Sometimes, due to a variety of reasons, users do not enter something as they are intended to, press buttons out of order, or otherwise misuse the software. It is important to try to account for these situations.
If you have a registration form to test, try doing things OTHER than fill out the form. It was built to accept data, so try not entering anything and pressing the button for registration, enter invalid data such as email that does not have the “@” symbol or very long zip code or name. Use boundary cases (inputs at or just beyond maximum and minimum limits) to attempt to receive errors. There are symbols that can break the database or break the request from the database if they are entered and saved in the system. Such examples are the percentage (%) symbol, inverted commas(“”), and two minuses (--) together.
If you have a combination of actions that need to be done one after another, change their sequence. Make sure that you have checked all situations that you can think of, according to the system you test.
Test real situations
The above tips should not turn the QA process into a highly critical and aggressive testing period. Do not test and report bugs for unrealistic situations. Make sure you have understood the specification for the application and do not tease the developers with unrealistic bugs.
Test like you are a regular user, a computer illiterate user.
Think about the users, question yourself. Is this system user friendly? Can you easily navigate the program? Is the text within the system clear and understandable? Are the error messages helpful? There are a lot of examples in your own personal life. Think about when you sit at home on your personal computer - which sites or programs do you prefer? Why? Which you do not like? Why? Usability is always the answer.
Keep written reports
Sometimes bugs are shared verbally with the developers. This can work against you. Make sure that you keep written documentation of all your discussions about issues or anything concerning a project. The best practice is to have reports on every issue you find. Sometimes when communicating bugs verbally, many testers complain that the developers take the credit for their work or that managers who calculate the productivity of a tester by the number of bugs he/she reports do not give full credit.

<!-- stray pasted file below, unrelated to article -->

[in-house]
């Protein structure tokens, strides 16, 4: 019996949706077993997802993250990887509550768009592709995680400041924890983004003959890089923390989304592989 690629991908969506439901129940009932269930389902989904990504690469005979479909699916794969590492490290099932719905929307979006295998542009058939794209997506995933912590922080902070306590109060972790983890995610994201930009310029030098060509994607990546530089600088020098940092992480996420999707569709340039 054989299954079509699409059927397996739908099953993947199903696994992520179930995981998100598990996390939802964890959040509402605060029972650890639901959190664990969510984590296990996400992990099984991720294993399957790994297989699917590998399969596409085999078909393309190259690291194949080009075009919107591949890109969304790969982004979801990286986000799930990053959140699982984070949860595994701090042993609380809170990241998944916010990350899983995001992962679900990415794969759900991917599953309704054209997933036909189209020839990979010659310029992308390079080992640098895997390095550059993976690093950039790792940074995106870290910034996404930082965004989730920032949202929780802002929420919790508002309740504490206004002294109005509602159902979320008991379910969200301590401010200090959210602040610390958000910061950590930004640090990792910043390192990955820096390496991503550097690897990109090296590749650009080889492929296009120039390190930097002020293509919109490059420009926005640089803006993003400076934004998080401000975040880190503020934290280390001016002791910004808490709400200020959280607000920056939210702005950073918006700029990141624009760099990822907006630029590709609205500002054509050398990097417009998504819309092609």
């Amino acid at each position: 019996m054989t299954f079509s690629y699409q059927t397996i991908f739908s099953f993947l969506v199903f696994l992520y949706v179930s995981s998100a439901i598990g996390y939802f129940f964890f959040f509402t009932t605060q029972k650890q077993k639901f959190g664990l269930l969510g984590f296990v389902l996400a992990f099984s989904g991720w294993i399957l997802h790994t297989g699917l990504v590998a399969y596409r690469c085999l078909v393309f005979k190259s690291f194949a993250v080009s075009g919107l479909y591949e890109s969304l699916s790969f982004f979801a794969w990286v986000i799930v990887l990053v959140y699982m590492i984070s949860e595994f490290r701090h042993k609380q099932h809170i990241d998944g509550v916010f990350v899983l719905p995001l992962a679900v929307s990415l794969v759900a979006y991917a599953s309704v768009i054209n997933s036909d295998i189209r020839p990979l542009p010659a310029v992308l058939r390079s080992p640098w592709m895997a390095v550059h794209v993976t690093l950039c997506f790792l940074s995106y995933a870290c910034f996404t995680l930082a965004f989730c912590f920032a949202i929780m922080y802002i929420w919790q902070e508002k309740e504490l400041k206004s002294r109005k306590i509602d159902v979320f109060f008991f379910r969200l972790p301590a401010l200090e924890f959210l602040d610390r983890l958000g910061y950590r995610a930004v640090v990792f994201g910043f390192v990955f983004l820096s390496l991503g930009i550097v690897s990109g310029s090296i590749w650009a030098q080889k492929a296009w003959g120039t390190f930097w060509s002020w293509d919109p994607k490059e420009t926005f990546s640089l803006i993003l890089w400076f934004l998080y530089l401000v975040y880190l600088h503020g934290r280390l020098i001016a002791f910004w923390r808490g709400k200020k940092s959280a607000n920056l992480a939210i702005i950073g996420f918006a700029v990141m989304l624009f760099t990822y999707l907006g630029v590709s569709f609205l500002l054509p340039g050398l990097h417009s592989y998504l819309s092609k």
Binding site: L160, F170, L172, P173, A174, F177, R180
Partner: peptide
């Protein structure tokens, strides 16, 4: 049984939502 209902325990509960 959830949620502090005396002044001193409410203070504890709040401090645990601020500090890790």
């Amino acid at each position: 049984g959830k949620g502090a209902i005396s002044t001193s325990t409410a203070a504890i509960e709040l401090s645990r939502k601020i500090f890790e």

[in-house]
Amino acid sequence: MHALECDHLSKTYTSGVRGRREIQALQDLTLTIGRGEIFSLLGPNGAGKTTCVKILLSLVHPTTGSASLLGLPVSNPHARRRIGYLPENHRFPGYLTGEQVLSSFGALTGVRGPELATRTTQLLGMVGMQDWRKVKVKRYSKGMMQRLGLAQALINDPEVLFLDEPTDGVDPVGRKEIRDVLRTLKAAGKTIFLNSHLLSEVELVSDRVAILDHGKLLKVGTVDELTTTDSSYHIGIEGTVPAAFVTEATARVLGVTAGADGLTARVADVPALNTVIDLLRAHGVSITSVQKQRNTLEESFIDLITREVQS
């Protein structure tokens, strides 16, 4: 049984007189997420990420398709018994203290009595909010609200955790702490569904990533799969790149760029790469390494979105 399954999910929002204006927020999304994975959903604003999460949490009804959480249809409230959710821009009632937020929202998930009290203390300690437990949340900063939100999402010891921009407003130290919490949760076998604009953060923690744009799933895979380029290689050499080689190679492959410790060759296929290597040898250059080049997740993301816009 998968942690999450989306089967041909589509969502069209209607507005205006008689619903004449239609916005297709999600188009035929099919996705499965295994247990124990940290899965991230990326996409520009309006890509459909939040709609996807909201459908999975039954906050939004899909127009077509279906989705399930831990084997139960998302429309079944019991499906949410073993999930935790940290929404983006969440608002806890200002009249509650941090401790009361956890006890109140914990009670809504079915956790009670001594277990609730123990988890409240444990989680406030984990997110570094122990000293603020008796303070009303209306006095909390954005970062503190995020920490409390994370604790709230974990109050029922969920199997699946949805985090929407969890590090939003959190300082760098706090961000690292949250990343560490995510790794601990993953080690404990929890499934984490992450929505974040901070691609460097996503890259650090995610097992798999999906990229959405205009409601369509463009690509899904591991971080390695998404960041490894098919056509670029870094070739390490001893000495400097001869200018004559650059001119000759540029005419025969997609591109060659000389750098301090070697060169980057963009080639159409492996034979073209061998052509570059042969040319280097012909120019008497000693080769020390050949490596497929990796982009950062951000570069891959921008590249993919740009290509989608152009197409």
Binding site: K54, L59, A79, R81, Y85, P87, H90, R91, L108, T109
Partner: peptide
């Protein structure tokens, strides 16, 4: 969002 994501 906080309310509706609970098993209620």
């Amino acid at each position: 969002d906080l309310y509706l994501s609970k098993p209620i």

Work to become a Team
Communication with your team members is just as important as knowing good techniques for testing and is key for the successful achievement of a quality product. You need to be flexible. During your work you will meet junior developers that have never worked with testers or people who will disagree with your findings. Some developers just need to get used the fact that they have bugs in their programs. This is normal. You need to persuade them that a tester for a developer is not like a critic for an author. Help them understand that you are a team and you both want the same thing. Prove your statement with facts and knowledge of the system and specifications.
Gain new knowledge
Black box testing uses external descriptions of the software with no knowledge about the internal structure. If you want to become competitive and help further your career, you should take a peak at the source code and ask questions of the developers. For cosmetic issues, you can read and learn about HTML and CSS and report specific CSS styles/areas of a web page that need fixing. Some tools that can help are the Web Developer Toolbar and the Firefox Add-on, Firebug. Some knowledge about Databases also will be helpful, this way you can more clearly understand the processes in the system and the reasons why some bugs appear. With more knowledge of how the software works, you will speed up the developer's work and make yourself more efficient in the process.
Approving a high quality product is a hard and complicated process. Learn from your mistakes and from the bugs you found. Keep good communication with your coworkers, defend your position in a positive manner, keep learning, and continue testing.